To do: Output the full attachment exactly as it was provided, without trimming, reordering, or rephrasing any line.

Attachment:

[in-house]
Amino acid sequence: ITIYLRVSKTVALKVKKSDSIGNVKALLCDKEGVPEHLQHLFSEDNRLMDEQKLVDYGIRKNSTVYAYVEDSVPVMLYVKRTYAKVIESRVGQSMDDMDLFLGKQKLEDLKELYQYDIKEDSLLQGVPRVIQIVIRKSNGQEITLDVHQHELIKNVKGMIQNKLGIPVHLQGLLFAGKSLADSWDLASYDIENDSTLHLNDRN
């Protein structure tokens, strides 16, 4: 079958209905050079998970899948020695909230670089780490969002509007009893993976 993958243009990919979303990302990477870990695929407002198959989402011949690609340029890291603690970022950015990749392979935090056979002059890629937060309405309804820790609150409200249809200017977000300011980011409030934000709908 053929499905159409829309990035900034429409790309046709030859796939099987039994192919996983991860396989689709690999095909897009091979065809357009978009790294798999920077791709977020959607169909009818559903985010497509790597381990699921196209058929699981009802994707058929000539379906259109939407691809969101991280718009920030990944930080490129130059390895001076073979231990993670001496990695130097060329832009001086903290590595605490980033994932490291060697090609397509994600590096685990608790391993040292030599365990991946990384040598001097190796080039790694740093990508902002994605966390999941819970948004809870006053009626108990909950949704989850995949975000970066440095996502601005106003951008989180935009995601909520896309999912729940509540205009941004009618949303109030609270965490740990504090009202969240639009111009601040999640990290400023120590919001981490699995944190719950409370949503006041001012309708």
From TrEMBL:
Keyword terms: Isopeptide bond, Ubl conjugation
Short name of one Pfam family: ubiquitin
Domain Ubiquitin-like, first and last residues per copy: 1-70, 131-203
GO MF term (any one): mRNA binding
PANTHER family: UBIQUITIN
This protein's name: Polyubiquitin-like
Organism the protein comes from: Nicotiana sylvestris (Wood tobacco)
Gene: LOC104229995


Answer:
[in-house]
Amino acid sequence: ITIYLRVSKTVALKVKKSDSIGNVKALLCDKEGVPEHLQHLFSEDNRLMDEQKLVDYGIRKNSTVYAYVEDSVPVMLYVKRTYAKVIESRVGQSMDDMDLFLGKQKLEDLKELYQYDIKEDSLLQGVPRVIQIVIRKSNGQEITLDVHQHELIKNVKGMIQNKLGIPVHLQGLLFAGKSLADSWDLASYDIENDSTLHLNDRN
């Protein structure tokens, strides 16, 4: 079958209905050079998970899948020695909230670089780490969002509007009893993976 993958243009990919979303990302990477870990695929407002198959989402011949690609340029890291603690970022950015990749392979935090056979002059890629937060309405309804820790609150409200249809200017977000300011980011409030934000709908 053929499905159409829309990035900034429409790309046709030859796939099987039994192919996983991860396989689709690999095909897009091979065809357009978009790294798999920077791709977020959607169909009818559903985010497509790597381990699921196209058929699981009802994707058929000539379906259109939407691809969101991280718009920030990944930080490129130059390895001076073979231990993670001496990695130097060329832009001086903290590595605490980033994932490291060697090609397509994600590096685990608790391993040292030599365990991946990384040598001097190796080039790694740093990508902002994605966390999941819970948004809870006053009626108990909950949704989850995949975000970066440095996502601005106003951008989180935009995601909520896309999912729940509540205009941004009618949303109030609270965490740990504090009202969240639009111009601040999640990290400023120590919001981490699995944190719950409370949503006041001012309708």
From TrEMBL:
Keyword terms: Isopeptide bond, Ubl conjugation
Short name of one Pfam family: ubiquitin
Domain Ubiquitin-like, first and last residues per copy: 1-70, 131-203
GO MF term (any one): mRNA binding
PANTHER family: UBIQUITIN
This protein's name: Polyubiquitin-like
Organism the protein comes from: Nicotiana sylvestris (Wood tobacco)
Gene: LOC104229995